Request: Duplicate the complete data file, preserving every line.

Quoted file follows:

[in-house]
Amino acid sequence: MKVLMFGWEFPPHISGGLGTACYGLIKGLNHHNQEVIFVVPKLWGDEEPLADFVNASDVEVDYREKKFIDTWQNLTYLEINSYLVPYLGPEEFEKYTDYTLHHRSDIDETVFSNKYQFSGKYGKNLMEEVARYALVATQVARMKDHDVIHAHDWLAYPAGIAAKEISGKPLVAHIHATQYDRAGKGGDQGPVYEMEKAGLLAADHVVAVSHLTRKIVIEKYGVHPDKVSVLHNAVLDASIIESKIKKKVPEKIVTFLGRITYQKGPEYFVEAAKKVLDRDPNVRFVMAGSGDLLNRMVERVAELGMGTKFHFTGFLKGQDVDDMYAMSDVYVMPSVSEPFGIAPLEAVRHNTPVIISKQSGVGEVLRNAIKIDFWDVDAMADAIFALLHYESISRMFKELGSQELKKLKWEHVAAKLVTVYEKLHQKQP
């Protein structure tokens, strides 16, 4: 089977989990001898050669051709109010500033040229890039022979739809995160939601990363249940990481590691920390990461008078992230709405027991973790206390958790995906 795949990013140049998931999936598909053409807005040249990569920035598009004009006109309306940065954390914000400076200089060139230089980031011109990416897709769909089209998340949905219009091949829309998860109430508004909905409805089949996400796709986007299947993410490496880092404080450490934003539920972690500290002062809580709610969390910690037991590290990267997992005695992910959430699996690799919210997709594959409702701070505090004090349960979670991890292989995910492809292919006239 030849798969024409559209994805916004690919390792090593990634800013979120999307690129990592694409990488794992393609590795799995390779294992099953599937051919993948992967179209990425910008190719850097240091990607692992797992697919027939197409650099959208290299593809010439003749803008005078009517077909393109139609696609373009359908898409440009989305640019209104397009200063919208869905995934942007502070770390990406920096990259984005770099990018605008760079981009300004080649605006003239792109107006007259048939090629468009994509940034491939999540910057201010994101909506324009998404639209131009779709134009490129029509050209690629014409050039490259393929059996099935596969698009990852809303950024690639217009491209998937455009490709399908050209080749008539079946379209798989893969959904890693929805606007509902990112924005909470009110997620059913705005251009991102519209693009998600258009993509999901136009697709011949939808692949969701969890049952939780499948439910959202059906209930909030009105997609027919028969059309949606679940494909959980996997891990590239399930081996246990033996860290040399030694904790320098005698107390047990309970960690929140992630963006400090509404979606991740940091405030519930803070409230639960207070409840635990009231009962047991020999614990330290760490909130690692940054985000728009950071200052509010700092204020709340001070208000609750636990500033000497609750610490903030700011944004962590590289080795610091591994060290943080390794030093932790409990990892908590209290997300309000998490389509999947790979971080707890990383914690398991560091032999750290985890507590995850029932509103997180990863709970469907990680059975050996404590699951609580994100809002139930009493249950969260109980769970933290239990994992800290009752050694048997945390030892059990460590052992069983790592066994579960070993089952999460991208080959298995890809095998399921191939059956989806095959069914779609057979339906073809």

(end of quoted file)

[in-house]
Amino acid sequence: MKVLMFGWEFPPHISGGLGTACYGLIKGLNHHNQEVIFVVPKLWGDEEPLADFVNASDVEVDYREKKFIDTWQNLTYLEINSYLVPYLGPEEFEKYTDYTLHHRSDIDETVFSNKYQFSGKYGKNLMEEVARYALVATQVARMKDHDVIHAHDWLAYPAGIAAKEISGKPLVAHIHATQYDRAGKGGDQGPVYEMEKAGLLAADHVVAVSHLTRKIVIEKYGVHPDKVSVLHNAVLDASIIESKIKKKVPEKIVTFLGRITYQKGPEYFVEAAKKVLDRDPNVRFVMAGSGDLLNRMVERVAELGMGTKFHFTGFLKGQDVDDMYAMSDVYVMPSVSEPFGIAPLEAVRHNTPVIISKQSGVGEVLRNAIKIDFWDVDAMADAIFALLHYESISRMFKELGSQELKKLKWEHVAAKLVTVYEKLHQKQP
């Protein structure tokens, strides 16, 4: 089977989990001898050669051709109010500033040229890039022979739809995160939601990363249940990481590691920390990461008078992230709405027991973790206390958790995906 795949990013140049998931999936598909053409807005040249990569920035598009004009006109309306940065954390914000400076200089060139230089980031011109990416897709769909089209998340949905219009091949829309998860109430508004909905409805089949996400796709986007299947993410490496880092404080450490934003539920972690500290002062809580709610969390910690037991590290990267997992005695992910959430699996690799919210997709594959409702701070505090004090349960979670991890292989995910492809292919006239 030849798969024409559209994805916004690919390792090593990634800013979120999307690129990592694409990488794992393609590795799995390779294992099953599937051919993948992967179209990425910008190719850097240091990607692992797992697919027939197409650099959208290299593809010439003749803008005078009517077909393109139609696609373009359908898409440009989305640019209104397009200063919208869905995934942007502070770390990406920096990259984005770099990018605008760079981009300004080649605006003239792109107006007259048939090629468009994509940034491939999540910057201010994101909506324009998404639209131009779709134009490129029509050209690629014409050039490259393929059996099935596969698009990852809303950024690639217009491209998937455009490709399908050209080749008539079946379209798989893969959904890693929805606007509902990112924005909470009110997620059913705005251009991102519209693009998600258009993509999901136009697709011949939808692949969701969890049952939780499948439910959202059906209930909030009105997609027919028969059309949606679940494909959980996997891990590239399930081996246990033996860290040399030694904790320098005698107390047990309970960690929140992630963006400090509404979606991740940091405030519930803070409230639960207070409840635990009231009962047991020999614990330290760490909130690692940054985000728009950071200052509010700092204020709340001070208000609750636990500033000497609750610490903030700011944004962590590289080795610091591994060290943080390794030093932790409990990892908590209290997300309000998490389509999947790979971080707890990383914690398991560091032999750290985890507590995850029932509103997180990863709970469907990680059975050996404590699951609580994100809002139930009493249950969260109980769970933290239990994992800290009752050694048997945390030892059990460590052992069983790592066994579960070993089952999460991208080959298995890809095998399921191939059956989806095959069914779609057979339906073809």